David Bourget (Western Ontario)
David Chalmers (ANU, NYU)
Rafael De Clercq
Ezio Di Nucci
Jack Alan Reynolds
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HEC Forum 24 (1):39-49 (2012)
Abstract Studying a concept as complex as moral distress is an ongoing challenge for those engaged in empirical ethics research. Qualitative studies of nurses have illuminated the experience of moral distress and widened the contours of the concept, particularly in the area of root causes. This work has led to the current understanding that moral distress can arise from clinical situations, factors internal to the individual professional, and factors present in unit cultures, the institution, and the larger health care environment. Corley et al. ( 2001 ) was the first to publish a quantitative measure of moral distress, and her scale has been adapted for use by others, including studies of other disciplines (Hamric and Blackhall 2007 ; Schwenzer and Wang 2006 ). Other scholars have proposed variations on Jameton’s core definition (Sporrong et al. 2006 , 2007 ), developing measures for related concepts such as moral sensitivity (Lutzen et al. 2006 ), ethics stress (Raines 2000 ), and stress of conscience (Glasberg et al. 2006 ). The lack of consistency and consensus on the definition of moral distress considerably complicates efforts to study it. Increased attention by researchers in disciplines other than nursing has taken different forms, some problematic. Cultural differences in the role of the nurse and understanding of actions that represent threats to moral integrity also challenge efforts to build a cohesive research-based understanding of the concept. In this paper, research efforts to date are reviewed. The importance of capturing root causes of moral distress in instruments, particularly those at unit and system levels, to allow for interventions to be appropriately targeted is highlighted. In addition, the issue of studying moral distress and interaction over time with moral residue is discussed. Promising recent work is described along with the potential these approaches open for research that can lead to interventions to decrease moral distress. Finally, opportunities for future research and study are identified, and recommendations for moving the research agenda forward are offered. Content Type Journal Article Pages 1-11 DOI 10.1007/s10730-012-9177-x Authors Ann B. Hamric, School of Nursing, Virginia Commonwealth University, P.O. Box 980567, Richmond, VA 23298-0567, USA Journal HEC Forum Online ISSN 1572-8498 Print ISSN 0956-2737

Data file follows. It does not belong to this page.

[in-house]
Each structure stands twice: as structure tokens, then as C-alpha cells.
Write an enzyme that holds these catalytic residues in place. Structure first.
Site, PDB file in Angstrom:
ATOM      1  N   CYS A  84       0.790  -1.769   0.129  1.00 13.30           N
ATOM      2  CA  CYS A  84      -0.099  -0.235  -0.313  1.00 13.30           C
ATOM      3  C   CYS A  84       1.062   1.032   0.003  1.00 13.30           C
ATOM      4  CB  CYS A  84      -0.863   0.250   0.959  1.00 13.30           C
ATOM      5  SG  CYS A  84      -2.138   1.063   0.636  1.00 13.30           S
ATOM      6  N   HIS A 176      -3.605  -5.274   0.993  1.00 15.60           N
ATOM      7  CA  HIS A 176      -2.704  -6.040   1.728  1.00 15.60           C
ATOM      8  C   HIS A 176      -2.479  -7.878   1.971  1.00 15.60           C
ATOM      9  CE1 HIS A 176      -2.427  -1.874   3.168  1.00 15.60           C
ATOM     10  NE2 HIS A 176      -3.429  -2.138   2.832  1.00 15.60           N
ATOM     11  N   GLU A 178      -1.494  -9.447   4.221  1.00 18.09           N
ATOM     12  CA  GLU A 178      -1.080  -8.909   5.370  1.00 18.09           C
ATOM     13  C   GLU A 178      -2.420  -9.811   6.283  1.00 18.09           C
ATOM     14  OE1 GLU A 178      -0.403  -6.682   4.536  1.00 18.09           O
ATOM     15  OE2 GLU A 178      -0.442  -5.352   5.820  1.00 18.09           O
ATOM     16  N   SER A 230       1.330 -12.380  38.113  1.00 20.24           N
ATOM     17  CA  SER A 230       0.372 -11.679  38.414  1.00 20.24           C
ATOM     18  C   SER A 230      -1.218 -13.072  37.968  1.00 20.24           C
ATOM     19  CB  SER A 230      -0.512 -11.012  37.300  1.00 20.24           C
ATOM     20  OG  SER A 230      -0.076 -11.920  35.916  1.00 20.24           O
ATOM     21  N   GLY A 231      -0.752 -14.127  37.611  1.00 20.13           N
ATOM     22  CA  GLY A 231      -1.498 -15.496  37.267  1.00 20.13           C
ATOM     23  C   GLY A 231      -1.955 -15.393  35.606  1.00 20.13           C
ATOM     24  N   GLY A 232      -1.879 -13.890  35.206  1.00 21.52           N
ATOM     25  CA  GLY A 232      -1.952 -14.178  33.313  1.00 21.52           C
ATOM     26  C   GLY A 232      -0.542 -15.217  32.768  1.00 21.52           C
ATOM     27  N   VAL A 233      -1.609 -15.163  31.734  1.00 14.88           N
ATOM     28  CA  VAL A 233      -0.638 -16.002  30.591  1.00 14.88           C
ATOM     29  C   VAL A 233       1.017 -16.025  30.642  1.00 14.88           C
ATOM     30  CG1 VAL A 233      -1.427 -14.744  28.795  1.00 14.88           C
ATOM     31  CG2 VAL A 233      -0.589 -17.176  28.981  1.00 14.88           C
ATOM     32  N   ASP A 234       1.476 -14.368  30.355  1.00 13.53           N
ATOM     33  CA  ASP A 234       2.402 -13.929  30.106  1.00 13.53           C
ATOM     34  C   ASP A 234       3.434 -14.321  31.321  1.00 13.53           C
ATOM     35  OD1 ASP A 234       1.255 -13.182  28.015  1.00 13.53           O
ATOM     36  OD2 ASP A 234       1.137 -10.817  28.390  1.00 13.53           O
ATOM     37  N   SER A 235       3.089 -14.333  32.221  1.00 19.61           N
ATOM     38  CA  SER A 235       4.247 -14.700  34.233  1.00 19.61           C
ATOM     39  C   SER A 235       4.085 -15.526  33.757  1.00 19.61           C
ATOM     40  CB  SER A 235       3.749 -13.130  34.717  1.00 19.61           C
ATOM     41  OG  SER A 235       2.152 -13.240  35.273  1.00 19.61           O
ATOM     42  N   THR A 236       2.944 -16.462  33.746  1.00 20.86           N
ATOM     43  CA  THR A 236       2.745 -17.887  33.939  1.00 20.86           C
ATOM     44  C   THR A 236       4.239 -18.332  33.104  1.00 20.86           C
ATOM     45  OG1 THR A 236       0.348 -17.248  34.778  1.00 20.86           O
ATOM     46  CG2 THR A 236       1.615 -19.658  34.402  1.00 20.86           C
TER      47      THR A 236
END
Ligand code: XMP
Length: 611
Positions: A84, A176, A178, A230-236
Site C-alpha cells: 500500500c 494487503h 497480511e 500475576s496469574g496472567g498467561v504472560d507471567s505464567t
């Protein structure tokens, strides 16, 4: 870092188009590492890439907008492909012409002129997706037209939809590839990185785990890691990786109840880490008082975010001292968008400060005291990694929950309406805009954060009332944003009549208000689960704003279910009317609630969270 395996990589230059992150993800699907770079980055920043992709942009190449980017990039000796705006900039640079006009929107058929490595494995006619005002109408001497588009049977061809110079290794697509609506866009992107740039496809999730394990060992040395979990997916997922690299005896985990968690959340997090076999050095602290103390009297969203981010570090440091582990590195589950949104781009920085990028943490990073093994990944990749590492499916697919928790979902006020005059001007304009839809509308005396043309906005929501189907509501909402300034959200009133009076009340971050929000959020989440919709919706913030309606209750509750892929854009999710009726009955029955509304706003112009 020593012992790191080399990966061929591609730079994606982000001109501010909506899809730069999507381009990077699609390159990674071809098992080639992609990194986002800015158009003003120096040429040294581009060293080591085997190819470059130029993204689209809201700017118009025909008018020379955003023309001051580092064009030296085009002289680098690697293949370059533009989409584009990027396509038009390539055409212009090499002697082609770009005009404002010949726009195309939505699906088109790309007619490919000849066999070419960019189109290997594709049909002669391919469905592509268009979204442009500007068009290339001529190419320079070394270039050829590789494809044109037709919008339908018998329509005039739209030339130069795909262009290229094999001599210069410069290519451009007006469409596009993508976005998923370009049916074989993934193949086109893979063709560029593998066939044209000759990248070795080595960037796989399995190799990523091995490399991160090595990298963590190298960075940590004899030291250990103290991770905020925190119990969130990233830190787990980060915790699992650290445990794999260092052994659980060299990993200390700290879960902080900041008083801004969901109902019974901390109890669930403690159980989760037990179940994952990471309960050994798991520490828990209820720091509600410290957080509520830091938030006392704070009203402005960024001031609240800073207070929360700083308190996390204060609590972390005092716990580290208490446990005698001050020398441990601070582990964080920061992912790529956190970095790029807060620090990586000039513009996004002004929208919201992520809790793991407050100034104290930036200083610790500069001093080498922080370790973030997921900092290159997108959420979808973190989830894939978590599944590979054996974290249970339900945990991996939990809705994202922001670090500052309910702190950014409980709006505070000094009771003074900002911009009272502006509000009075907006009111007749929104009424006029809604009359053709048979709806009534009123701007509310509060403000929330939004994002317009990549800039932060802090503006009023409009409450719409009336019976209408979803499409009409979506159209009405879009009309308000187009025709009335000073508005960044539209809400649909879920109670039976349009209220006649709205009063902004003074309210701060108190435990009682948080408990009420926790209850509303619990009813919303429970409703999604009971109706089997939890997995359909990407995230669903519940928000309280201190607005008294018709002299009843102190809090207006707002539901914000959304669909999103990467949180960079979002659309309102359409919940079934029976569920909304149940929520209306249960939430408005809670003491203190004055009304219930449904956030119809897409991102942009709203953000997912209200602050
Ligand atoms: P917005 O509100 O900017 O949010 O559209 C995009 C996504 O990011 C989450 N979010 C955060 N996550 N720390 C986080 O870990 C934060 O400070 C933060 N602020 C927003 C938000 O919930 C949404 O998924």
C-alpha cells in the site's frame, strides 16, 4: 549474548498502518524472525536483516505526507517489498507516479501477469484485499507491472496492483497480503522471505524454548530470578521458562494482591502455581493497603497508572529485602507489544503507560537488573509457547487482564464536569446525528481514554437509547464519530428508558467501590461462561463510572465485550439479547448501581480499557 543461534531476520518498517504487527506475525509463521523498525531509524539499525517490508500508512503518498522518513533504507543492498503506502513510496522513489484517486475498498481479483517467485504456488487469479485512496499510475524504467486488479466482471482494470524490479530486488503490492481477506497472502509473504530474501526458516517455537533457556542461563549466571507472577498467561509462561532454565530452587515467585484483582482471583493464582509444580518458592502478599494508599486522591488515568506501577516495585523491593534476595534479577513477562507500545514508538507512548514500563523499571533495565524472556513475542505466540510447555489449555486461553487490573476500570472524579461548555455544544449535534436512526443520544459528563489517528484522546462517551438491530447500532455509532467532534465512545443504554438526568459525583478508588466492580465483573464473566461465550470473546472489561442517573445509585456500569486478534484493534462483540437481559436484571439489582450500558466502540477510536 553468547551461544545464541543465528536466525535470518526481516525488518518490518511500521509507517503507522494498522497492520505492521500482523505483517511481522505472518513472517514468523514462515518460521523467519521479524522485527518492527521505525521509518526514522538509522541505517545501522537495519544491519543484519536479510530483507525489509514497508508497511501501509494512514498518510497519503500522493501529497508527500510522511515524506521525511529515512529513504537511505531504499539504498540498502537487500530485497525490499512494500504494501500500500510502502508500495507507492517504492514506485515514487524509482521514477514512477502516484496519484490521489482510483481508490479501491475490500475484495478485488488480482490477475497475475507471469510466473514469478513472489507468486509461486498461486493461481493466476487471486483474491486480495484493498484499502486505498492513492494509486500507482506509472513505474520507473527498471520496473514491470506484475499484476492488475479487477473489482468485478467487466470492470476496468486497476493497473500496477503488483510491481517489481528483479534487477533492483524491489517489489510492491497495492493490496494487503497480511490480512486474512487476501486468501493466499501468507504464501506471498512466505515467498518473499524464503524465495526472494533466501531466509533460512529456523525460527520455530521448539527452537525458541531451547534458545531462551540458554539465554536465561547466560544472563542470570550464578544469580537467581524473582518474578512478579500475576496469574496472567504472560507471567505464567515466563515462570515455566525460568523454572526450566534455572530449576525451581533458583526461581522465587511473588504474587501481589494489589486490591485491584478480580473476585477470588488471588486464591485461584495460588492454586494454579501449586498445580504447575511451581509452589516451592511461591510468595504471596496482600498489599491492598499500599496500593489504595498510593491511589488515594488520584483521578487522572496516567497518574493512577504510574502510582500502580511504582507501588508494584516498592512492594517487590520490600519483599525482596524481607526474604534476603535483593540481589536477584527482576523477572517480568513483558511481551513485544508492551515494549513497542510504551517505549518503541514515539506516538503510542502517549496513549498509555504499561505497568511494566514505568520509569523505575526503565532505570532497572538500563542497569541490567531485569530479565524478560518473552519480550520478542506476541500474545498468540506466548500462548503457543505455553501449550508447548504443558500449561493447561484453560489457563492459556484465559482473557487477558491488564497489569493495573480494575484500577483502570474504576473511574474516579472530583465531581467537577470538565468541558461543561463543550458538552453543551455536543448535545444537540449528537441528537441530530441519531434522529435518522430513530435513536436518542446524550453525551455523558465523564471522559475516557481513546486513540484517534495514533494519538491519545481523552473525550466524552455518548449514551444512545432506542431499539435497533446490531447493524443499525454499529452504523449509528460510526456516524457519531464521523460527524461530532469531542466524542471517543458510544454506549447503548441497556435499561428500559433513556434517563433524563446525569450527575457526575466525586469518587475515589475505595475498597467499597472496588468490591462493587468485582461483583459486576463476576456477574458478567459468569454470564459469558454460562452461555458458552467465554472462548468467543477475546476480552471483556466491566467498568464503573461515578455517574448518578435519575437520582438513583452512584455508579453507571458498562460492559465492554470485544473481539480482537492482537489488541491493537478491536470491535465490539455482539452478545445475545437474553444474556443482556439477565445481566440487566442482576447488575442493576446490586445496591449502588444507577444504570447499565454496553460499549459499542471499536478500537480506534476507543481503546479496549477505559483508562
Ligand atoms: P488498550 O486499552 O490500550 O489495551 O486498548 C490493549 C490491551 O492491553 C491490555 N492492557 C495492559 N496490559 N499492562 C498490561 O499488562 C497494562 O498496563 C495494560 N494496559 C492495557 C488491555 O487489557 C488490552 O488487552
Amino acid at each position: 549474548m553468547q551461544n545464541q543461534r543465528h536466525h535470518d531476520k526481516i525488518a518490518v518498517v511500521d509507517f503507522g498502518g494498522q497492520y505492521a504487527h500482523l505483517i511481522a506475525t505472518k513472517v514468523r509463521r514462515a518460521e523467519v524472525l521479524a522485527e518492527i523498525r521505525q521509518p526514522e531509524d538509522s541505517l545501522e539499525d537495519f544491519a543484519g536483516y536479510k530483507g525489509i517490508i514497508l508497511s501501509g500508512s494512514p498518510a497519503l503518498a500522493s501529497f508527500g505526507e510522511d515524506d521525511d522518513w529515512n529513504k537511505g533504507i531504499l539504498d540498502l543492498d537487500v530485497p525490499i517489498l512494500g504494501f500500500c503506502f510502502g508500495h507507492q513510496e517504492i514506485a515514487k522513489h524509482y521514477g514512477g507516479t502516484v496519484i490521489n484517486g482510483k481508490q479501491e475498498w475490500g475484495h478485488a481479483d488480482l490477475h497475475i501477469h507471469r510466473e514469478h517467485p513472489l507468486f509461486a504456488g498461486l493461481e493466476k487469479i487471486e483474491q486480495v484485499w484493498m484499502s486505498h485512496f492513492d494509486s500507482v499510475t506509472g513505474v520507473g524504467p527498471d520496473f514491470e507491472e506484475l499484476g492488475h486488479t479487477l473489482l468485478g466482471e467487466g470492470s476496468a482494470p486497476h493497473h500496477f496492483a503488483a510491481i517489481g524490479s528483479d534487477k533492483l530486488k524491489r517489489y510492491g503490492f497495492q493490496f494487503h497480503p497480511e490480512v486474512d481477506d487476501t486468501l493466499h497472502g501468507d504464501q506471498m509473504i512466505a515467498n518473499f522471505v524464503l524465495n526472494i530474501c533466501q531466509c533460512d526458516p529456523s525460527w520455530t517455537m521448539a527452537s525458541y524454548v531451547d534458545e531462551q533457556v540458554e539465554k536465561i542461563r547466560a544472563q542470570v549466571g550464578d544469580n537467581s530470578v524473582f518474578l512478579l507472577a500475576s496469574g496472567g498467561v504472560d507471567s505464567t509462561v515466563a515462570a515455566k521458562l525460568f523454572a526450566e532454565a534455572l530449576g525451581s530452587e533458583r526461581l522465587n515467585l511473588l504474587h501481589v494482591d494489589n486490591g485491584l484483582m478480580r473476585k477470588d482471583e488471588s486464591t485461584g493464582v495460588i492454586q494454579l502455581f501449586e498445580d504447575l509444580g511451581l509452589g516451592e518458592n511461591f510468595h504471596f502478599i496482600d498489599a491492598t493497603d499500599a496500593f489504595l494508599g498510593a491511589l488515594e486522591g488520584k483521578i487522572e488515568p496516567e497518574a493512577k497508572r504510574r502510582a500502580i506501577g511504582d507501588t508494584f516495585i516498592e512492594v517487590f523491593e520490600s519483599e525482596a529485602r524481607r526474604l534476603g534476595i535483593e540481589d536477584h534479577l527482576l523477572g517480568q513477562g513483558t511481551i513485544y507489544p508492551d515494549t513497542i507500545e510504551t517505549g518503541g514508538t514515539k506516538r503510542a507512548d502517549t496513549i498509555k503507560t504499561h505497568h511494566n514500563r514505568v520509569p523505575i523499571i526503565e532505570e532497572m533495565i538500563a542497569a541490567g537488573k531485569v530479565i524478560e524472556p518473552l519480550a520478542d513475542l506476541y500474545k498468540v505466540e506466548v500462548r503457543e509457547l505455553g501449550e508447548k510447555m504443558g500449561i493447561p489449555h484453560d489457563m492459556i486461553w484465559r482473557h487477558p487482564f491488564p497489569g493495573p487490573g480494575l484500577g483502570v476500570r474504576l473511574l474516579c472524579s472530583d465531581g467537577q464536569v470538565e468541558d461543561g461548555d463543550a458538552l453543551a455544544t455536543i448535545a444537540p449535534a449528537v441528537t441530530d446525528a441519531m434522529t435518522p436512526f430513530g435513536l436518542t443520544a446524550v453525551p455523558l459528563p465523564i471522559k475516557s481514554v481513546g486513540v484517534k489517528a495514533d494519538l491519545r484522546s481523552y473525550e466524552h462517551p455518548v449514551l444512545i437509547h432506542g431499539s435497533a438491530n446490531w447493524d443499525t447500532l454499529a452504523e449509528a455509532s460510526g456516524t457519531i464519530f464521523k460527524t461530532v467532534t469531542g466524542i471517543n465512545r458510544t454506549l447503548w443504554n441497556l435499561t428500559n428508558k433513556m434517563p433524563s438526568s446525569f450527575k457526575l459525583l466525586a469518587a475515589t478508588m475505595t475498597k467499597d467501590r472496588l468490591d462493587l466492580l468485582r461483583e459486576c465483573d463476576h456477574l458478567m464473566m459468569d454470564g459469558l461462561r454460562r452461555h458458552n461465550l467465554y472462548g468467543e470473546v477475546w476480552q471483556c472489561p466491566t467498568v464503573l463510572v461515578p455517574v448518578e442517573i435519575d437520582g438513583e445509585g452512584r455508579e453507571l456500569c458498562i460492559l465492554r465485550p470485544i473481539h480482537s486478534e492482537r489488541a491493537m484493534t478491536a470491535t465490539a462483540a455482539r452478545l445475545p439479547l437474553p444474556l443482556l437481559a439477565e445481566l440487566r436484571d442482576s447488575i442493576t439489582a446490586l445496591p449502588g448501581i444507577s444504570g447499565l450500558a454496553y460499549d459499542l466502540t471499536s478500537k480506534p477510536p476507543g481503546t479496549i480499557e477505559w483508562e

|Keywords||Moral distress Empirical research Moral residue Moral distress scale Moral distress thermometer|
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References found in this work BETA
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Citations of this work BETA
Marie P. Edwards, Susan E. McClement & Laurie R. Read (2013). Nurses' Responses to Initial Moral Distress in Long-Term Care. Journal of Bioethical Inquiry 10 (3):325-336.
Tessy A. Thomas & Laurence B. McCullough (2015). A Philosophical Taxonomy of Ethically Significant Moral Distress: Figure 1. Journal of Medicine and Philosophy 40 (1):102-120.
Patricia A. Rodney (2013). Seeing Ourselves as Moral Agents in Relation to Our Organizational and Sociopolitical Contexts. Journal of Bioethical Inquiry 10 (3):313-315.
Carol Pavlish, Katherine Brown-Saltzman, Alyssa Fine & Patricia Jakel (2013). Making the Call: A Proactive Ethics Framework. [REVIEW] HEC Forum 25 (3):269-283.
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